"I feel like the first time I was pretty successful with what the coaches wanted us to do," Simmons said. "The second time, I did a fair job. He still got some easy buckets he didn't get the first time I matched up with him.
"Just don't let him catch the ball. I mean, that's the object. That's the way to make it hard for him, to make it uncomfortable. He's a great offensive player. As you can see (last week when WSU stunned UCLA and USC in consecutive games) he can go for 30. The key is to let him get going."
Simmons' key for Wednesday actually came on Monday. That's when the Huskies received their scouting report for WSU.
"I like to key in on their tendencies. I try to pay attention to the detail, on which way to force him. What do they like to do? Little details I try to key on," he said. "Then when we do scout in practice that's when I try to put my method to work."
Asked how well Simmons has put his method to work defensively, Romar said: "Against Washington State he's been close to flawless following the scout."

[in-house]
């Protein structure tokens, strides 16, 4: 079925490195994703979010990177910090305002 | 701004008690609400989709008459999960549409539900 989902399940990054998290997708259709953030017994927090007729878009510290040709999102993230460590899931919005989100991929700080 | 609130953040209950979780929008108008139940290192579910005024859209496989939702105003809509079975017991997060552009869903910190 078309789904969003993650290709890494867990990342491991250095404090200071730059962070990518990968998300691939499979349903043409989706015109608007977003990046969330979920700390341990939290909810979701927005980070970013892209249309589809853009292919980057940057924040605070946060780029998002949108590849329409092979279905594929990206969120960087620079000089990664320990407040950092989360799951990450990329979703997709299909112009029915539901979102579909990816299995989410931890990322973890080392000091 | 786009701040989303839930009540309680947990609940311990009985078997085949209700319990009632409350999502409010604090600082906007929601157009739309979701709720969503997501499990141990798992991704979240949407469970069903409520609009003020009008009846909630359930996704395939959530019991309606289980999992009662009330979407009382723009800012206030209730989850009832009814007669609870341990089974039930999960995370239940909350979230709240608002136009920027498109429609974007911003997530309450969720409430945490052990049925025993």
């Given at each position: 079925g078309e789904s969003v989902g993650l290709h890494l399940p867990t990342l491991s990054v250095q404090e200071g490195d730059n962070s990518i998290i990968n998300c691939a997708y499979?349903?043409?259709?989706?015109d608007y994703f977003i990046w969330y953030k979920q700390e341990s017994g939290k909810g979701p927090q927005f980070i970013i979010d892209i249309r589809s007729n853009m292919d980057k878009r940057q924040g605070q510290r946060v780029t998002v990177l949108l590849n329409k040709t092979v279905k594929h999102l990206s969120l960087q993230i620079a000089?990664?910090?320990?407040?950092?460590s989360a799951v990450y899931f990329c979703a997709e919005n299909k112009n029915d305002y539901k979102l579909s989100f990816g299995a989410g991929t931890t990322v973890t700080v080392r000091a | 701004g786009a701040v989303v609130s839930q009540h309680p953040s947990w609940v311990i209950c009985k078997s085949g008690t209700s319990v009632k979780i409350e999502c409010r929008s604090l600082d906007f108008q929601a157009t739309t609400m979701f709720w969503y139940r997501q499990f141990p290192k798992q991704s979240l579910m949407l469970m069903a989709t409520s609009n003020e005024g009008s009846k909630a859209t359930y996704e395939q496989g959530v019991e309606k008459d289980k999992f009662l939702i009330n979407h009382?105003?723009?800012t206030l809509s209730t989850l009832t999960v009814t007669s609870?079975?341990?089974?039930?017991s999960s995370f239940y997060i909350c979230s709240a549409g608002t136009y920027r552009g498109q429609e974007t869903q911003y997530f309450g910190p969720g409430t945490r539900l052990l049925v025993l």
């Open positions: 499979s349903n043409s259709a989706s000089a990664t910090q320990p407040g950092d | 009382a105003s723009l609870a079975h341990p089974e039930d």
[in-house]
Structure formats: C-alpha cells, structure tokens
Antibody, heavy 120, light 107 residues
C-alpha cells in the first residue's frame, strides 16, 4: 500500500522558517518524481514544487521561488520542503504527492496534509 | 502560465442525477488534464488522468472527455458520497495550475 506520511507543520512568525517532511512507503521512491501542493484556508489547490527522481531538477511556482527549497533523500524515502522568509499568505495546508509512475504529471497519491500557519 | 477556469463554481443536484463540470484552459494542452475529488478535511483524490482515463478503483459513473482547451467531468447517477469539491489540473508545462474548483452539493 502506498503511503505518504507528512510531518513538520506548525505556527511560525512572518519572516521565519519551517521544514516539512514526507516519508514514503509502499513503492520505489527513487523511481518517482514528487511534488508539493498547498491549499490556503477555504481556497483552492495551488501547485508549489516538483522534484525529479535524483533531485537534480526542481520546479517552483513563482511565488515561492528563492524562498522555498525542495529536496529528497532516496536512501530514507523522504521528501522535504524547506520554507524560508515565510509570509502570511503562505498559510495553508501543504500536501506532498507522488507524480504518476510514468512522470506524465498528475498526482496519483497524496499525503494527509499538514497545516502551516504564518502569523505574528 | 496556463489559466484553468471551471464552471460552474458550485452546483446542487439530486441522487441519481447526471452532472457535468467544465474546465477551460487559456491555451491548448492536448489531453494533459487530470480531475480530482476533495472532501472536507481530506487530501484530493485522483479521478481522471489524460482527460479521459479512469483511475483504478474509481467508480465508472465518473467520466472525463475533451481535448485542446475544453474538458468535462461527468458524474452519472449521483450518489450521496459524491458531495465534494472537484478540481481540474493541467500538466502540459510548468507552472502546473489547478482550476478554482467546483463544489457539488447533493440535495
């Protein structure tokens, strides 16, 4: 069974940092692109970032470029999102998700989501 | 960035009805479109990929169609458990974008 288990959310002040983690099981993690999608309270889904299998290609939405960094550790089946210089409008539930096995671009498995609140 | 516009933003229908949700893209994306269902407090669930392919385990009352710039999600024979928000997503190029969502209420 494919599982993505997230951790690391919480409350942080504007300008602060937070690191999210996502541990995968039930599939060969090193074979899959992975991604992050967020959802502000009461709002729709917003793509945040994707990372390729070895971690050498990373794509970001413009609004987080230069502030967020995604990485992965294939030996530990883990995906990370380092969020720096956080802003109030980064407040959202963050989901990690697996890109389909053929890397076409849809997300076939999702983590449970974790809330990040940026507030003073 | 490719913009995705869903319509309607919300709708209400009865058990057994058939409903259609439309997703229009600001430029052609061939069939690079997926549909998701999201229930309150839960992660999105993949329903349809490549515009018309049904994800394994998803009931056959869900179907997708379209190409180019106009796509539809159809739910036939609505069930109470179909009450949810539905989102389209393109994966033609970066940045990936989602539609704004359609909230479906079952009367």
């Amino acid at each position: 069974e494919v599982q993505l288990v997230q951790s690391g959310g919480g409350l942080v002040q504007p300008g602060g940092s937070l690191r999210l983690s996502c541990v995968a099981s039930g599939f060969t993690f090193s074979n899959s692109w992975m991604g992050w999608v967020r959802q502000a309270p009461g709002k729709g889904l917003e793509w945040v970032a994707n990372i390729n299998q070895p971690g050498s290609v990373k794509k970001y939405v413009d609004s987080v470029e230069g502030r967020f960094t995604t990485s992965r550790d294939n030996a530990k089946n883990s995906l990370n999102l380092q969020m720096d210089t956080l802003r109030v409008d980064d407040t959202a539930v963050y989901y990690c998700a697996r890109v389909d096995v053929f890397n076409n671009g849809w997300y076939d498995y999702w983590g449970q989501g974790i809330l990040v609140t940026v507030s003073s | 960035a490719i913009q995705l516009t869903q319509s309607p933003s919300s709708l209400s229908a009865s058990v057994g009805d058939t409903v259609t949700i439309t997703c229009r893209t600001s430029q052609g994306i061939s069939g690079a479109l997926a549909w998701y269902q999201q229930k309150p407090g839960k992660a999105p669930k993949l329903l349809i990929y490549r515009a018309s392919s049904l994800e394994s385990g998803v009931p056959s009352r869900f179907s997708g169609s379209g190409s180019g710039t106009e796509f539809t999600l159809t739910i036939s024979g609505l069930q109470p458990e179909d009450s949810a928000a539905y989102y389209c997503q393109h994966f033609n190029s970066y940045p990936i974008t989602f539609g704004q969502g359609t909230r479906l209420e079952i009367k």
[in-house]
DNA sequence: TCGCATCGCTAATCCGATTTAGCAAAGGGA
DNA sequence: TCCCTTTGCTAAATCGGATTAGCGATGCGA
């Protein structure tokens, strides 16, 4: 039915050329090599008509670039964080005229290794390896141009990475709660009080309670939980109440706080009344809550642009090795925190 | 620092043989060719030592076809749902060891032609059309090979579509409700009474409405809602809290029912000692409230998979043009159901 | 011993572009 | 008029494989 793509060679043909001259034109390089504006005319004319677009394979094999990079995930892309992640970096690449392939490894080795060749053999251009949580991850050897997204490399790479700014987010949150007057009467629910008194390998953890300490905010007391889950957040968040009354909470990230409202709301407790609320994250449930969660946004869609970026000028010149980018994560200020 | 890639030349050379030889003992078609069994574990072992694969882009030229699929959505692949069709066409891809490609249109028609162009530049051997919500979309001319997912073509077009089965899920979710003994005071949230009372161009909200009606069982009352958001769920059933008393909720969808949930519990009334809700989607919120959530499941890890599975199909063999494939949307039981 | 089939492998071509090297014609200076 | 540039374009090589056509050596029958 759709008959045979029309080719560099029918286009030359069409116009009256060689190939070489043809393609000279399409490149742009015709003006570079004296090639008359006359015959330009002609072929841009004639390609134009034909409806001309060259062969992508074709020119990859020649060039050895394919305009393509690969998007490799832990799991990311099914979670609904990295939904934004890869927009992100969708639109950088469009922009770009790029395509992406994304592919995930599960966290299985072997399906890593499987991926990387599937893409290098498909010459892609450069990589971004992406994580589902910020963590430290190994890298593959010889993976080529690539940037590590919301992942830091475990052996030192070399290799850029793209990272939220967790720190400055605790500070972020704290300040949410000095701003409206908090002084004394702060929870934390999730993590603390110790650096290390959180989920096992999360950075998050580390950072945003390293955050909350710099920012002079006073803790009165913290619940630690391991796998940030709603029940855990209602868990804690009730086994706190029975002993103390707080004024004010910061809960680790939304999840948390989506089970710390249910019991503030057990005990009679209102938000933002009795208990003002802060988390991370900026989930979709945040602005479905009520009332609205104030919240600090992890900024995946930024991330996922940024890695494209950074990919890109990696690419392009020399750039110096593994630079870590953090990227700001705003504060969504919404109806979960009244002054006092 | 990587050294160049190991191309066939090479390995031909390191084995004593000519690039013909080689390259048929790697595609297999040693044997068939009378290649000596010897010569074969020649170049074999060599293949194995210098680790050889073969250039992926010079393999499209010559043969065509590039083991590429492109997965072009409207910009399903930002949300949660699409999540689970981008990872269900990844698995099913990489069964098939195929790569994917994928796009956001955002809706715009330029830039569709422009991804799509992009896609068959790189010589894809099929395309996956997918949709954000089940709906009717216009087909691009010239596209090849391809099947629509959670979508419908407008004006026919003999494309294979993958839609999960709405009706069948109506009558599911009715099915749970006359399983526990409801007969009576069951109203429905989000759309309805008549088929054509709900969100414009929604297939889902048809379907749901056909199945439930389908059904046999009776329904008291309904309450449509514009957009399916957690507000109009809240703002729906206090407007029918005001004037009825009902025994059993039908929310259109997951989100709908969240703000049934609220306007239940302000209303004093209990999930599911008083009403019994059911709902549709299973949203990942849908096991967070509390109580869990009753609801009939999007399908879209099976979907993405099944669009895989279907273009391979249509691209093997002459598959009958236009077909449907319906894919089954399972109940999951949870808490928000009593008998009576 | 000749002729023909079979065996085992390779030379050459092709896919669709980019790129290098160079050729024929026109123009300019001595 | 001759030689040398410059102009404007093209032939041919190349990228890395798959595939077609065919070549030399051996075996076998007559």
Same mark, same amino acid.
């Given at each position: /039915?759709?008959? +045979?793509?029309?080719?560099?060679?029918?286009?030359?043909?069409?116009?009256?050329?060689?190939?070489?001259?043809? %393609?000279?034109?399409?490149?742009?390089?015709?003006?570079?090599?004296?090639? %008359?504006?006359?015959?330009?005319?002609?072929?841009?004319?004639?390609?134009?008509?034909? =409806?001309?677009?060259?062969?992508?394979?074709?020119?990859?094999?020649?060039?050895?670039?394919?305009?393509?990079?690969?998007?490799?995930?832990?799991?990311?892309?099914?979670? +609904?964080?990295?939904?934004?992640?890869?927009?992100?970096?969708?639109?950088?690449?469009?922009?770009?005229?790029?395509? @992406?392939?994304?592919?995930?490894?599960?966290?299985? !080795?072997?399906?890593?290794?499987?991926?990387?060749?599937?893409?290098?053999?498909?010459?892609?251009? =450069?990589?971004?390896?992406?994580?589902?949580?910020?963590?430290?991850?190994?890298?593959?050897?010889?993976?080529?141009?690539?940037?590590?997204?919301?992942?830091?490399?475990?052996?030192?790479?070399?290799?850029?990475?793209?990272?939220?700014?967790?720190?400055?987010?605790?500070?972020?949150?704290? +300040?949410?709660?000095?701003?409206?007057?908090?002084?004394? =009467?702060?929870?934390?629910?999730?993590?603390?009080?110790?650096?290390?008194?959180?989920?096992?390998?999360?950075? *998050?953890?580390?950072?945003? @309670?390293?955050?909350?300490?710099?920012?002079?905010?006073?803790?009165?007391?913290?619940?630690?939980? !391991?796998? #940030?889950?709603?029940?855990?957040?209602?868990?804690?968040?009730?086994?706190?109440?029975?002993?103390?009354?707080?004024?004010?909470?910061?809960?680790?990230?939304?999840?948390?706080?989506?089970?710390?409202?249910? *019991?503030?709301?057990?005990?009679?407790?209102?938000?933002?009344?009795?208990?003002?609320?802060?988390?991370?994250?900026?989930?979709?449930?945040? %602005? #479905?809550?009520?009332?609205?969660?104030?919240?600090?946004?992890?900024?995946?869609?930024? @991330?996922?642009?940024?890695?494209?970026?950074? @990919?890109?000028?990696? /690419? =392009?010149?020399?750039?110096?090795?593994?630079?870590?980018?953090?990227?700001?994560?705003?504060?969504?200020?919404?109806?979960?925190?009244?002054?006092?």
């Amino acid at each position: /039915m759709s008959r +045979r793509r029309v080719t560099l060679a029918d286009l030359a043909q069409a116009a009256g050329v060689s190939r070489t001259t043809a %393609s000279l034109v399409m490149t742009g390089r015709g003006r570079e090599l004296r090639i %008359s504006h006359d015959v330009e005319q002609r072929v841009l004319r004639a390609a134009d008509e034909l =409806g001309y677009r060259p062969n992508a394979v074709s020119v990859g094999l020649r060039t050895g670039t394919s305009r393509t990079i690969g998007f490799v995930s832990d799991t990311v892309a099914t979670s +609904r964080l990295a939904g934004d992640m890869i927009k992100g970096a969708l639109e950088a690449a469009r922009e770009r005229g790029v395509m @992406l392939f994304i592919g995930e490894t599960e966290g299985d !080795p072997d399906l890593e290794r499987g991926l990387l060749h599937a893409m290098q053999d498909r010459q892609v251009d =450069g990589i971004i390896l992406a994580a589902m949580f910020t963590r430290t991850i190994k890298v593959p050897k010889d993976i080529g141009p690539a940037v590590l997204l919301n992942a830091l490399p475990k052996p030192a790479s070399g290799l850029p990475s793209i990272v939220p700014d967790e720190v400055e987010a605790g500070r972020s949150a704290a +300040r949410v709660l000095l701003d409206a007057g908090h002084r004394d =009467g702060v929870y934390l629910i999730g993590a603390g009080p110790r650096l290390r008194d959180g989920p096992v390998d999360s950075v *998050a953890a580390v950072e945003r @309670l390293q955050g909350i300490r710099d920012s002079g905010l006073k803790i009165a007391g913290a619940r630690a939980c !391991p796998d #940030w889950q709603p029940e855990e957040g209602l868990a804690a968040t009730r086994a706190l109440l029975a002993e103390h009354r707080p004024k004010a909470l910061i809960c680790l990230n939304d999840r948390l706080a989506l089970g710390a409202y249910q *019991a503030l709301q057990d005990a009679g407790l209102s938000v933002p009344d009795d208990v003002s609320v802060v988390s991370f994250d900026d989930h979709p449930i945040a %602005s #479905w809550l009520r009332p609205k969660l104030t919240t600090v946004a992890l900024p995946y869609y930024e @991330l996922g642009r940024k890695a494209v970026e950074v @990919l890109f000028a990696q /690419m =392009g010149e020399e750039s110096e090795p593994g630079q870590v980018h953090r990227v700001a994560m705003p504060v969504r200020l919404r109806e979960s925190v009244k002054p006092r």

Every season, on such a cue that his veteran players joke they can tell the story for him, Romar relates to his Huskies a tale about one of his former NBA teammates from the 1980s.
Sidney Moncrief was the league's defensive player of the year in 1983-84, the season Romar played with Moncrief on the Milwaukee Bucks.
"They asked him what made him such a great defender, and he said, `I don't know if I am as good a defender' - which he was - `as I'm good at following the scout. I go over preparation. I watch film. If I have a decent idea of what my opponent is going to do then I am a lot more confident in how I am going to defend,'" Romar recalls.
The lesson for these Huskies: "We tell them ... `How many possessions can you concentrate at a high level?'" Romar said.
If they concentrate on enough of them these next four days, the payoff in Vegas will be mammoth.
"This is a complete start over," Romar said. "This is an exciting time of the year.
"The only thing you can predict is the unpredictable."